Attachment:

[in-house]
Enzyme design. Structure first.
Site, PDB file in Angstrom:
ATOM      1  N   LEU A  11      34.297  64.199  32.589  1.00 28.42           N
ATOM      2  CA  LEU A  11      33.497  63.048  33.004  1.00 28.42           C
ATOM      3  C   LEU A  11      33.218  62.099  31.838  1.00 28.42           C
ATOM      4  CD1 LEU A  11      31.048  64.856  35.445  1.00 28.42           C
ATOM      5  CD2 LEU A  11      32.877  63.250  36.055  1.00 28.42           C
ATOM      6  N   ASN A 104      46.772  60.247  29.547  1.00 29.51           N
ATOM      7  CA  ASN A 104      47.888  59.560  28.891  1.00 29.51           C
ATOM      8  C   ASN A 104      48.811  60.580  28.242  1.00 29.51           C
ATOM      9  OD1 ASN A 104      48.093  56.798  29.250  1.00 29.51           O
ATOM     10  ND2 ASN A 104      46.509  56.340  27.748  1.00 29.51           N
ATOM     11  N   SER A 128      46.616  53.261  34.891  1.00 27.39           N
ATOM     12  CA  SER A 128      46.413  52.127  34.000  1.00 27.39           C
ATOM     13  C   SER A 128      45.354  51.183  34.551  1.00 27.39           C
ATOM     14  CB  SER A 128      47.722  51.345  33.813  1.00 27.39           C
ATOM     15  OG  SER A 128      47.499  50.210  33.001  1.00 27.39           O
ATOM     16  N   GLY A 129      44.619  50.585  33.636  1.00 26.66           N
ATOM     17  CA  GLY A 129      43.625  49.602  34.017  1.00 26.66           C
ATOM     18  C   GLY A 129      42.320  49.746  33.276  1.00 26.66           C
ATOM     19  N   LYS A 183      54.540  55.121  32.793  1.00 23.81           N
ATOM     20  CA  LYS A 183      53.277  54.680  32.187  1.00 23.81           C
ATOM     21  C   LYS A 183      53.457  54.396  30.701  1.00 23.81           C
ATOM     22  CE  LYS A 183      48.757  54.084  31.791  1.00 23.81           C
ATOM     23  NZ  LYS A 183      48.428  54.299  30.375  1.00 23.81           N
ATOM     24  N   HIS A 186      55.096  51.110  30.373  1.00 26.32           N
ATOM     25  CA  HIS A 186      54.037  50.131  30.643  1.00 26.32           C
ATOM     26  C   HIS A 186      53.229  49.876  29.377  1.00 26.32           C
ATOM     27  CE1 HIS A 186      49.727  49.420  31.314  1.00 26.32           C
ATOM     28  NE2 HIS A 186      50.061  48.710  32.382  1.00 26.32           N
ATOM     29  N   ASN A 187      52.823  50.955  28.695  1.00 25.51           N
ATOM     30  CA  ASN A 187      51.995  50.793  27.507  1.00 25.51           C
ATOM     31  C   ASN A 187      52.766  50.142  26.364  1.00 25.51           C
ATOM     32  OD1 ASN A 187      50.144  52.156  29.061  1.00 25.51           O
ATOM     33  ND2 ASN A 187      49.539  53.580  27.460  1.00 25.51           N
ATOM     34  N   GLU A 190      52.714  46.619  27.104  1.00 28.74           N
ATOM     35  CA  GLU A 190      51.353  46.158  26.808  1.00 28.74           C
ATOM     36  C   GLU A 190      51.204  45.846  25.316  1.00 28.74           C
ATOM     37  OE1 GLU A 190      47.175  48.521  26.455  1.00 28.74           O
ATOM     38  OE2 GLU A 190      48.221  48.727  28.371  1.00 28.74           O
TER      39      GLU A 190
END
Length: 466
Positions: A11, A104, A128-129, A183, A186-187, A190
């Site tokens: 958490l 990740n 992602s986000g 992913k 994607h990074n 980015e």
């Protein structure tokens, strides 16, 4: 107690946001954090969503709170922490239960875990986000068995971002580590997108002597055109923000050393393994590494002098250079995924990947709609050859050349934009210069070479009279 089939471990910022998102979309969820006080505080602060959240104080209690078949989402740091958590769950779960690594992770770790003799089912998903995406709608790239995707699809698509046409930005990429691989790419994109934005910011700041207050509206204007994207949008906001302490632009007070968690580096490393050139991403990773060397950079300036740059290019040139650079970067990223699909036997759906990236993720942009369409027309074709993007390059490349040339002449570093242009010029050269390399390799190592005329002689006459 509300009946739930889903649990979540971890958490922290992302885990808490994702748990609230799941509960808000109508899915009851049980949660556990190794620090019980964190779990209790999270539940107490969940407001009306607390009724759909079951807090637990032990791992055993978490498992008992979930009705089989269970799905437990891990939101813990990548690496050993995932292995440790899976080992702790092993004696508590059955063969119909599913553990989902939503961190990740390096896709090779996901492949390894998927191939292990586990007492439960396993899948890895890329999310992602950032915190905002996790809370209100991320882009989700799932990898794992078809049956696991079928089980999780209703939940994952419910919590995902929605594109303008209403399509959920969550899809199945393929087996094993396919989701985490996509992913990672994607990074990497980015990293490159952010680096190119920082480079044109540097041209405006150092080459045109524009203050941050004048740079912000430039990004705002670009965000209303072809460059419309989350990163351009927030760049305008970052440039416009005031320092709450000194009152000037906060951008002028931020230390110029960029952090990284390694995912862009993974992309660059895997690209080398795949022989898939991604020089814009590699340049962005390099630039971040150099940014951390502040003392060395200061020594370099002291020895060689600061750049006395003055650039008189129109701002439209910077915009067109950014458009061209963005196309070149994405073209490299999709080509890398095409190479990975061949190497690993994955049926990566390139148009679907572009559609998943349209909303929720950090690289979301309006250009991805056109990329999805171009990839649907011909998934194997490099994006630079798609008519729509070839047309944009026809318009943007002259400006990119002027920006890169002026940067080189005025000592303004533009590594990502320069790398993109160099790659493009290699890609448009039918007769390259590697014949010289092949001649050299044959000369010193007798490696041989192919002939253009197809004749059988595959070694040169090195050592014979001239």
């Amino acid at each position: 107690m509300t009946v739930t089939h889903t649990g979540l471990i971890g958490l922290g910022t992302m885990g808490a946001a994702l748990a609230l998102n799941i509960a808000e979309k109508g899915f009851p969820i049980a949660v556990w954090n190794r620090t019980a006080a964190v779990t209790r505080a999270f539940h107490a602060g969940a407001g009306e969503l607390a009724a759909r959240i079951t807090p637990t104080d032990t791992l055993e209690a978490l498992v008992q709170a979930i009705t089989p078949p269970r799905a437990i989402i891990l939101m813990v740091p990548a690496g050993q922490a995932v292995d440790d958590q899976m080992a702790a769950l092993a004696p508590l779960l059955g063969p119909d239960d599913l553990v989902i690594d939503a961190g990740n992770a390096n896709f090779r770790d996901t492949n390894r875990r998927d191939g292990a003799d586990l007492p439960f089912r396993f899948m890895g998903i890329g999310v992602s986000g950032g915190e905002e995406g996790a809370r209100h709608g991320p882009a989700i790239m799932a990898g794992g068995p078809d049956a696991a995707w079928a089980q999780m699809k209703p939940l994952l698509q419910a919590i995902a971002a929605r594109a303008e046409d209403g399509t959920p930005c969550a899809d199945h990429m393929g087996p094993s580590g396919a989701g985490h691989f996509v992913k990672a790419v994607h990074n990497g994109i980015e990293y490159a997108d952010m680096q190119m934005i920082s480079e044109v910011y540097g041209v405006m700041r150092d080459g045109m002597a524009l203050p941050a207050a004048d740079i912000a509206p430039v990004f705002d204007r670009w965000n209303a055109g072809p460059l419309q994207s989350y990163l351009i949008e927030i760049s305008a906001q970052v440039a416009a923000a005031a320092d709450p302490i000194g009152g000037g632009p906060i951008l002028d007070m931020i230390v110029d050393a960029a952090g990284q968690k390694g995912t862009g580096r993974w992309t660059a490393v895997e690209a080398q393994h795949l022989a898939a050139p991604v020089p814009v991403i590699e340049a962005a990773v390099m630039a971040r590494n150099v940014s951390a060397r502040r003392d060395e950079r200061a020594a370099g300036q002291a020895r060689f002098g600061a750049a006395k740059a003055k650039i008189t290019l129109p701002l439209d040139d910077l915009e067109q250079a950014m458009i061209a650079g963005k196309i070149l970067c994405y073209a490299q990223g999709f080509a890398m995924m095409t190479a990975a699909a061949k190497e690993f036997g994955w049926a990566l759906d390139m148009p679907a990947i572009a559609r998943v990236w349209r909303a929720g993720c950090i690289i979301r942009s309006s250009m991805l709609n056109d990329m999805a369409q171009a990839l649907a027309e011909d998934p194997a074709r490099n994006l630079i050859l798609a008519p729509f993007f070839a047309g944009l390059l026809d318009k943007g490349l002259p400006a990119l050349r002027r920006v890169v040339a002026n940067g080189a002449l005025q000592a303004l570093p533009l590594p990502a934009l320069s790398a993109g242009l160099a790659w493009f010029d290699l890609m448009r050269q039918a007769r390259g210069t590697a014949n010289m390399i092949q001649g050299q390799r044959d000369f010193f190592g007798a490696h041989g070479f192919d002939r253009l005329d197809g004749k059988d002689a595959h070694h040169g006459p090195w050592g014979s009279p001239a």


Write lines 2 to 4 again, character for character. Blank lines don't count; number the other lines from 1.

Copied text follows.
Enzyme design. Structure first.
Site, PDB file in Angstrom:
ATOM      1  N   LEU A  11      34.297  64.199  32.589  1.00 28.42           N